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Lecture Notes or Lecture Slides on "Mixed Signal Integrated Circuit Design" by Prof. John Choma sir

Mixed Signal Integrated Circuit Design  
by Prof.John Choma sir

Dr. John Choma,
Professor of Electrical Engineering 
Ming Hsieh Department of Electrical Engineering 
USC Viterbi School of Engineering 
Address: University of Southern California
Ming Hsieh Department of Electrical Engineering
USC Viterbi School of Engineering
University Park, Mail Code: 0271
Los Angeles, California 90089-0271 
Phone: (213) 740-4692

John Choma earned his B.S., M.S., and Ph.D. degrees in electrical engineering from the University of Pittsburgh in 1963, 1965, and 1969, respectively. He is Professor and Chair of Electrical Engineering-Electrophysics at the University of Southern California, where he teaches undergraduate and graduate courses in electrical circuit theory, filters, and analog integrated electronics. Prof. Choma consults in the areas of broadband analog and high-speed digital integrated circuit analysis, design, and modeling.

Prior to joining the USC faculty in 1980, Prof. Choma was a senior staff design engineer in the TRW Microelectronics Center in Redondo Beach, California. His earlier positions include technical staff at Hewlett-Packard Company in Santa Clara, California, Senior Lecturer in the Graduate Division of the Department of Electrical Engineering of the California Institute of Technology, lectureships at the University of Santa Clara and the University of California at Los Angeles, and a faculty appointment at the University of Pennsylvania.

Prof. Choma, the author or co-author of some 150 journal and conference papers and the presenter of more than sixty invited short courses, seminars, and tutorials, is the 1994 recipient of the Prize Paper Award from the IEEE Microwave Theory and Techniques Society. He is the author of a Wiley Interscience text on electrical network theory and a forthcoming text on integrated circuit design for communication system applications. Prof. Choma has contributed several chapters to five edited electronic circuit texts, and he was an area editor of the IEEE/CRC Press Handbook of Circuits and Filters.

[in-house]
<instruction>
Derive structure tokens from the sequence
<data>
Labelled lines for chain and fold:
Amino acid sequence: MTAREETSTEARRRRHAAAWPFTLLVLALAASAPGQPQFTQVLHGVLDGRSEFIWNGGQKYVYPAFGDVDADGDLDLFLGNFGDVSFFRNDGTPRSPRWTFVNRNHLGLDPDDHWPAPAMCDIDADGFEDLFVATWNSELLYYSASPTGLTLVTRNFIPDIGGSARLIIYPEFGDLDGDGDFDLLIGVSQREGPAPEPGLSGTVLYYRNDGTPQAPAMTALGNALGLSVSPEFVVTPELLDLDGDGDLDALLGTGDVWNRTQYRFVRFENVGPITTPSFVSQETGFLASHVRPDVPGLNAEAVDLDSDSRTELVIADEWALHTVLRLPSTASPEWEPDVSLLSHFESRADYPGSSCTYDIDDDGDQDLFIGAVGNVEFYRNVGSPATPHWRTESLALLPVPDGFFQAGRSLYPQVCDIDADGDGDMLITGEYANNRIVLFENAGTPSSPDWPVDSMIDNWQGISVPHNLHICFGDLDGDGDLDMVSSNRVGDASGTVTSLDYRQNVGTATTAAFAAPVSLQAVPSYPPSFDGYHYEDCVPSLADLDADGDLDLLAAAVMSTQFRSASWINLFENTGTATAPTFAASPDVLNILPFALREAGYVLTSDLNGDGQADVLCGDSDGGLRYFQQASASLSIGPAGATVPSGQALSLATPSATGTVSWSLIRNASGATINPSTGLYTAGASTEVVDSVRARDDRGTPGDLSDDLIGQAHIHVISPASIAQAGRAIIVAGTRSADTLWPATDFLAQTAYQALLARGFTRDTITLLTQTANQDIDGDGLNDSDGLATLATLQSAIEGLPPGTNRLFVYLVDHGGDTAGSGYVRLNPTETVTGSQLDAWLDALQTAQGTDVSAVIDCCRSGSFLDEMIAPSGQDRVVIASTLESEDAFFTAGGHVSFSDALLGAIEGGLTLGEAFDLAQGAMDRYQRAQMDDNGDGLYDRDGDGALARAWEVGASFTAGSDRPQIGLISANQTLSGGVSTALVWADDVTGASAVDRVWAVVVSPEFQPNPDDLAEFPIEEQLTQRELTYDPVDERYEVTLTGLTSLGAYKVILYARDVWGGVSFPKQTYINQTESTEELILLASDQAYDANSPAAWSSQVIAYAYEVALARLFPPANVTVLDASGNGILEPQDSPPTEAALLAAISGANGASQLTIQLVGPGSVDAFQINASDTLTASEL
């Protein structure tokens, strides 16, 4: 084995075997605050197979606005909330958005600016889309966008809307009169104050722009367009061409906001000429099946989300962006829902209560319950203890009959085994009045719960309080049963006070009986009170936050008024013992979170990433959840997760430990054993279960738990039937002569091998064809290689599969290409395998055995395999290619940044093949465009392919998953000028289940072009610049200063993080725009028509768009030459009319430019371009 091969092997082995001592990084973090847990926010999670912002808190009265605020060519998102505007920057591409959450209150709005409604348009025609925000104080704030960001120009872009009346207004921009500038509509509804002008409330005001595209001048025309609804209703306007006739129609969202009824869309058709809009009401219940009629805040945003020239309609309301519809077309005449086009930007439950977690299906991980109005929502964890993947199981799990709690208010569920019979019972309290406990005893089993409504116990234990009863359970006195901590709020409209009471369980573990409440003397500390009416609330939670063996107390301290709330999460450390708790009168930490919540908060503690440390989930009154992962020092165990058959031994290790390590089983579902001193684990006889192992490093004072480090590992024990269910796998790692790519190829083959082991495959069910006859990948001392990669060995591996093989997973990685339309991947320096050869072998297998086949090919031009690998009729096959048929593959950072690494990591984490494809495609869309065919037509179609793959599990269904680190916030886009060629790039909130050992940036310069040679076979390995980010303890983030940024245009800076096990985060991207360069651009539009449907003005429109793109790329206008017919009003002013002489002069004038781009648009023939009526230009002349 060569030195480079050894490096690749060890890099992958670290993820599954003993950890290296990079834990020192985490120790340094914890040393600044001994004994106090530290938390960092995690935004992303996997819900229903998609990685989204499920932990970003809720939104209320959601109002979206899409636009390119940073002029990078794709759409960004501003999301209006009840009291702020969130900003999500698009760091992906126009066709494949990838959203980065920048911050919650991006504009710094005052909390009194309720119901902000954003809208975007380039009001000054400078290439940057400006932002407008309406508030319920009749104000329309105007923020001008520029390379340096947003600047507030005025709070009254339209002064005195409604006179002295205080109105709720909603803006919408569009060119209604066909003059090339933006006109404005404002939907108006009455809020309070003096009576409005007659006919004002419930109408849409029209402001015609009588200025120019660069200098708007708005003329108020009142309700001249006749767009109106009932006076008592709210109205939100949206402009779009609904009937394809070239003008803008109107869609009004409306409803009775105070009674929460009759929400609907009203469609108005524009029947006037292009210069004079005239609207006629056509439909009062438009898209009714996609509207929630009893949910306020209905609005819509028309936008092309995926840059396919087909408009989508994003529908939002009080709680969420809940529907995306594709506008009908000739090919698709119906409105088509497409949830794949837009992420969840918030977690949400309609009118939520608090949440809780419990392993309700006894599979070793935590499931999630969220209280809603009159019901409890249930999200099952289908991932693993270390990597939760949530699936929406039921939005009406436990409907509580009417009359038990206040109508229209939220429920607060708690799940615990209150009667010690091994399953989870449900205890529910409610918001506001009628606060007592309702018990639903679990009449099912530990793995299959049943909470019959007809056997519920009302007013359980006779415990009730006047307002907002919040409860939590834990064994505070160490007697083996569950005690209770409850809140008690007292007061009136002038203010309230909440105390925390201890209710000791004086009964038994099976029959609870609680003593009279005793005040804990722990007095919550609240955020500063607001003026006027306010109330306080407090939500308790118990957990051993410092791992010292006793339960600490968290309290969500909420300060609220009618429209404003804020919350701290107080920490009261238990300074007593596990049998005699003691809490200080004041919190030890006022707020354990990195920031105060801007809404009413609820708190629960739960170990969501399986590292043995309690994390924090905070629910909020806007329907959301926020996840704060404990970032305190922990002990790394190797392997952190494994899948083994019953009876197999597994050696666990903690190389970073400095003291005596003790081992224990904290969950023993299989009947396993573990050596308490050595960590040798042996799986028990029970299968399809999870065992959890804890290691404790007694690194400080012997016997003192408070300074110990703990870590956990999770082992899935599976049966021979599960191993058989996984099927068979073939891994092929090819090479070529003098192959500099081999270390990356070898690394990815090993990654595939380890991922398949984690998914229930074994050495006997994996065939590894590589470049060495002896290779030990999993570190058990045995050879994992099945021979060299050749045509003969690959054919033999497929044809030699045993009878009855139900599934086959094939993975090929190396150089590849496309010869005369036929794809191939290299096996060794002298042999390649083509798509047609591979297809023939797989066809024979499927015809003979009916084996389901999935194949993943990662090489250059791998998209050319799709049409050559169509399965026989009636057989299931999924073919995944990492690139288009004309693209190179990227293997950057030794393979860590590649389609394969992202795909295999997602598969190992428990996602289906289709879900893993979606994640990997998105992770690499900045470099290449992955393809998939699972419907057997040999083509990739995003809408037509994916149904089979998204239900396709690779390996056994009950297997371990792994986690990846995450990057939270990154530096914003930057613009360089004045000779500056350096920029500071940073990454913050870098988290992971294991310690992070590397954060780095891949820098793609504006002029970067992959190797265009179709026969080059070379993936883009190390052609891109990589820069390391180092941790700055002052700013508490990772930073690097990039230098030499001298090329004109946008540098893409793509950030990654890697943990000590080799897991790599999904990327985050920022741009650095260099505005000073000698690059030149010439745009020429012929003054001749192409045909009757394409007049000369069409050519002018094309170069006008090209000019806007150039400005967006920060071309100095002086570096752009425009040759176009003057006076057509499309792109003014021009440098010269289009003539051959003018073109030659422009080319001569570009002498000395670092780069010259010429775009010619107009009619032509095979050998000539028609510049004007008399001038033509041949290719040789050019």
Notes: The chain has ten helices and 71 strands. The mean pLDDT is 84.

Prof. Choma has served the IEEE Circuits and Systems Society as a member of its Board of Governors, its Vice President for Administration, and its President. He has been an Associate Editor and Editor–In–Chief of the IEEE Transactions on Circuits and Systems, Part II. He is an Associate Editor of the Journal of Analog Integrated Circuits and Signal Processing and a former Regional Editor of the Journal of Circuits, Systems, and Computers.

A Fellow of the IEEE, Prof. Choma has been awarded the IEEE Millennium medal and has received three awards from the IEEE Circuits and Systems Society namely, the Golden Jubilee Award, the 1999 Education Award, and the 2000 Meritorious Service Award. He is also the recipient of several local and national teaching awards. Prof. Choma is a “Distinguished Lecturer” in the IEEE Circuits and Systems Society.

Mixed Signal Integrated Circuit Design course  is principally an advanced circuits and systems analysis course that comprises the foundation for the more design-intensive analog and mixed signal integrated circuits and systems classes offered in the Graduate Division of the Ming Hsieh Department of Electrical Engineering. It teaches students computationally efficient manual and computer-aided methods for analyzing the electrical dynamics of both linear and nonlinear models of active networks destined for monolithic realization principally in complementary metal-oxide-semiconductor (CMOS) transistor technologies. More than teaching mere analytical problem solving techniques, the course couches analyses in forms that foster the engineering insights that underpin a meaningful characterization and performance assessment of active circuits embedded in high frequency and/or high speed system applications. These insights are fundamental to consistently creative circuit and system design, for they enable realistic comparisons among candidate active devices and among plausible circuit architectures. They are also indispensable to the omnipresent design problem of mitigating the deleterious effects that parasitic energy storage and other high order device and circuit phenomena have on such performance metrics as bandwidth, signal delay in both time and frequency domains, gain and phase margins, phase noise, distortion, and transient step and impulse responses. In short, the formulation of insightful design-oriented analysis strategies commensurate with the realization of modern integrated circuits, and particularly analog high performance integrated circuits and systems.

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